Anumitiparamarshavada, Anumitiparāmarśavāda, Anumiti-paramarshavada: 2 definitions
Anumitiparamarshavada means something in Hinduism, Sanskrit, the history of ancient India. If you want to know the exact meaning, history, etymology or English translation of this term then check out the descriptions on this page. Add your comment or reference to a book if you want to contribute to this summary article.
The Sanskrit term Anumitiparāmarśavāda can be transliterated into English as Anumitiparamarsavada or Anumitiparamarshavada, using the IAST transliteration scheme (?).
India history and geogprahySource: Shodhganga: The Kavyavilasa of Ciranjiva Bhattacarya (history)
Anumitiparāmarśavāda (अनुमितिपरामर्शवाद) is the name of a work written by Raghudeva Nyāyālaṃkāra (17th century): a teacher of Cirañjīva Bhaṭṭācārya (fl. 17th century), the author of the Kāvyavilāsa.—Raghudeva lived about 1650 A.D. and he was a disciple of Harirāma Tarkavāgīśa.
The history of India traces the identification of countries, villages, towns and other regions of India, as well as royal dynasties, rulers, tribes, local festivities and traditions and regional languages. Ancient India enjoyed religious freedom and encourages the path of Dharma, a concept common to Buddhism, Hinduism, and Jainism.
Languages of India and abroad
Sanskrit-English dictionarySource: Cologne Digital Sanskrit Dictionaries: Aufrecht Catalogus Catalogorum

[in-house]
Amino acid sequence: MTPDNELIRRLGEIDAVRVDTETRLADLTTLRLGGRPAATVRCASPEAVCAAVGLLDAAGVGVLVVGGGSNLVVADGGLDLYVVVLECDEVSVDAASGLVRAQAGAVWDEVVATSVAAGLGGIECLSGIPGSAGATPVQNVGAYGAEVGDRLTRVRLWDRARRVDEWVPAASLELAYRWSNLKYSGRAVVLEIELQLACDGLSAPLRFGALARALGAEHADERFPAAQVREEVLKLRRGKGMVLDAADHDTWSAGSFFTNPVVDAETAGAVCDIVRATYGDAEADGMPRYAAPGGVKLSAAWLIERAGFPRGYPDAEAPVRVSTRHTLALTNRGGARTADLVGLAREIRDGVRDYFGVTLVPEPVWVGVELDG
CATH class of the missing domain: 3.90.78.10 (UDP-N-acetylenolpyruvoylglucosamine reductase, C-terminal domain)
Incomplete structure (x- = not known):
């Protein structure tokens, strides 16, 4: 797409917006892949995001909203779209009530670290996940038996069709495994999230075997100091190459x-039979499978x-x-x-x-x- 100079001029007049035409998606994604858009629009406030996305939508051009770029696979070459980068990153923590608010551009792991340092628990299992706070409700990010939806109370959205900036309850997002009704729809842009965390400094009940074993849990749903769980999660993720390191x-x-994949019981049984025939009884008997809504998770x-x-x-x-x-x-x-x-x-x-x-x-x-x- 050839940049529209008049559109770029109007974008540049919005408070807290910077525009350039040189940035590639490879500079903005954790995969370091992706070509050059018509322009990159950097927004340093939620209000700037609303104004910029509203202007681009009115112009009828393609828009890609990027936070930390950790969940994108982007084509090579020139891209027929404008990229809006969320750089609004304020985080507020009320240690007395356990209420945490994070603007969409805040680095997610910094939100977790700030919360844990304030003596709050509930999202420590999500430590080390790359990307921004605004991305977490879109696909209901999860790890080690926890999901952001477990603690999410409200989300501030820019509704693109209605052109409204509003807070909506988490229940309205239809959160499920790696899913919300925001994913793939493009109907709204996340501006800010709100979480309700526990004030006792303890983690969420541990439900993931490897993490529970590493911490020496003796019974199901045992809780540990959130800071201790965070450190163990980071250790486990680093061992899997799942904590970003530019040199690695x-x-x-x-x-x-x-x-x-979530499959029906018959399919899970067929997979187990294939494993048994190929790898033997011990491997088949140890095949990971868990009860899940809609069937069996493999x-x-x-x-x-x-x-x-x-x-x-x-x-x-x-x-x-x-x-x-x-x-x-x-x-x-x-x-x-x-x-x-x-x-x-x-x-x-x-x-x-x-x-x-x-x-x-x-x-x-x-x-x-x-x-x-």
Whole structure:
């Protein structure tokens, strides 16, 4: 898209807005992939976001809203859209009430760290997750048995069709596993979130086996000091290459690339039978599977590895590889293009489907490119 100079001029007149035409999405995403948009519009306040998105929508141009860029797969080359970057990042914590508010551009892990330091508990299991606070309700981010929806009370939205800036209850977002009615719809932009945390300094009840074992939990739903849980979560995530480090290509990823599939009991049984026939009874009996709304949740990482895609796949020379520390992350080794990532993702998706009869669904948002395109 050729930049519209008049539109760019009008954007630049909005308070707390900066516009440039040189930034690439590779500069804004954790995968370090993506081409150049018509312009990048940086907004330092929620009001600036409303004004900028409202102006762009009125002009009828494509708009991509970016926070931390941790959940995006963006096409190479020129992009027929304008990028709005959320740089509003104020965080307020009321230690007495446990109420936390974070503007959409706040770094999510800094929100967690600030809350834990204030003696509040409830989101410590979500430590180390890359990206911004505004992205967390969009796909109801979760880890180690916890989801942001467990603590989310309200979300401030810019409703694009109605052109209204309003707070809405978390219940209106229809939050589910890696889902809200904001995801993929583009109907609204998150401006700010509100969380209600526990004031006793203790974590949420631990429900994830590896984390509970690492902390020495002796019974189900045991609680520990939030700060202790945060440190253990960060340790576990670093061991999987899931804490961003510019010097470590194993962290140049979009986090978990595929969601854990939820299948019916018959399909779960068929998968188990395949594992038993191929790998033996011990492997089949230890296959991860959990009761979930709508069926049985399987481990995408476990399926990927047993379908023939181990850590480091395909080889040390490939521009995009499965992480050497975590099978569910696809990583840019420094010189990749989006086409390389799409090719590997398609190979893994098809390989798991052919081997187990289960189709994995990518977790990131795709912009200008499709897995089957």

1) Anumitiparāmarśavāda (अनुमितिपरामर्शवाद) as mentioned in Aufrecht’s Catalogus Catalogorum:—by Raghudeva. B. 4, 12. Oudh. Xv, 104.
2) Anumitiparāmarśavāda (अनुमितिपरामर्शवाद):—[º-vicāra] by Raghudeva. Io. 47. 1369. 1517. 2532. Peters. 4, 14.
3) Anumitiparāmarśavāda (अनुमितिपरामर्शवाद):—[º-vicāra] Peters. 6, 171.
—by Raghudeva. As p. 10. Peters. 6, 170.
Sanskrit, also spelled संस्कृतम् (saṃskṛtam), is an ancient language of India commonly seen as the grandmother of the Indo-European language family. Closely allied with Prakrit and Pali, Sanskrit is more exhaustive in both grammar and terms and has the most extensive collection of literature in the world, greatly surpassing its sister-languages Greek and Latin.
See also (Relevant definitions)
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